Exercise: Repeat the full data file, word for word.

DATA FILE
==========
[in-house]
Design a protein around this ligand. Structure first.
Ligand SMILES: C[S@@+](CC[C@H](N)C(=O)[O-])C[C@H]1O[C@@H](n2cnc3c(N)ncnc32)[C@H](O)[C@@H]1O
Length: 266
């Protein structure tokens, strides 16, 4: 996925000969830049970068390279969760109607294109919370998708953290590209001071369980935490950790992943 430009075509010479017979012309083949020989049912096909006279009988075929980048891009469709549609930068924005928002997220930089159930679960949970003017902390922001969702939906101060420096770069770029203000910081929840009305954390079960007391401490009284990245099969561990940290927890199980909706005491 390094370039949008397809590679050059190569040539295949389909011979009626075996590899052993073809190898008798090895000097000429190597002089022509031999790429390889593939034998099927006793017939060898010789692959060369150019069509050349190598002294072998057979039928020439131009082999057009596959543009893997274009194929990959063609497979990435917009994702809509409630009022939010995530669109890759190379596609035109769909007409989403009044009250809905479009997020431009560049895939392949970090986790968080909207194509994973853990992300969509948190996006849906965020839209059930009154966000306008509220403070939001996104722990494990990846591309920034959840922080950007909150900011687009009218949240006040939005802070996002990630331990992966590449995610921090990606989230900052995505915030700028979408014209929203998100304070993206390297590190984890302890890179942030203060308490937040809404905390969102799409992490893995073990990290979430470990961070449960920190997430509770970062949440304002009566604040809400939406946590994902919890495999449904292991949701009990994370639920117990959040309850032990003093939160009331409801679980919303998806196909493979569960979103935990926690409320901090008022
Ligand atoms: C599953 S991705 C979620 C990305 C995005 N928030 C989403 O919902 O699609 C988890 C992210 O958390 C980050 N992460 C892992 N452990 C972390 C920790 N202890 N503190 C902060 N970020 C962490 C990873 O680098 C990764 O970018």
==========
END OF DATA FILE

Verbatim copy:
[in-house]
Design a protein around this ligand. Structure first.
Ligand SMILES: C[S@@+](CC[C@H](N)C(=O)[O-])C[C@H]1O[C@@H](n2cnc3c(N)ncnc32)[C@H](O)[C@@H]1O
Length: 266
């Protein structure tokens, strides 16, 4: 996925000969830049970068390279969760109607294109919370998708953290590209001071369980935490950790992943 430009075509010479017979012309083949020989049912096909006279009988075929980048891009469709549609930068924005928002997220930089159930679960949970003017902390922001969702939906101060420096770069770029203000910081929840009305954390079960007391401490009284990245099969561990940290927890199980909706005491 390094370039949008397809590679050059190569040539295949389909011979009626075996590899052993073809190898008798090895000097000429190597002089022509031999790429390889593939034998099927006793017939060898010789692959060369150019069509050349190598002294072998057979039928020439131009082999057009596959543009893997274009194929990959063609497979990435917009994702809509409630009022939010995530669109890759190379596609035109769909007409989403009044009250809905479009997020431009560049895939392949970090986790968080909207194509994973853990992300969509948190996006849906965020839209059930009154966000306008509220403070939001996104722990494990990846591309920034959840922080950007909150900011687009009218949240006040939005802070996002990630331990992966590449995610921090990606989230900052995505915030700028979408014209929203998100304070993206390297590190984890302890890179942030203060308490937040809404905390969102799409992490893995073990990290979430470990961070449960920190997430509770970062949440304002009566604040809400939406946590994902919890495999449904292991949701009990994370639920117990959040309850032990003093939160009331409801679980919303998806196909493979569960979103935990926690409320901090008022
Ligand atoms: C599953 S991705 C979620 C990305 C995005 N928030 C989403 O919902 O699609 C988890 C992210 O958390 C980050 N992460 C892992 N452990 C972390 C920790 N202890 N503190 C902060 N970020 C962490 C990873 O680098 C990764 O970018």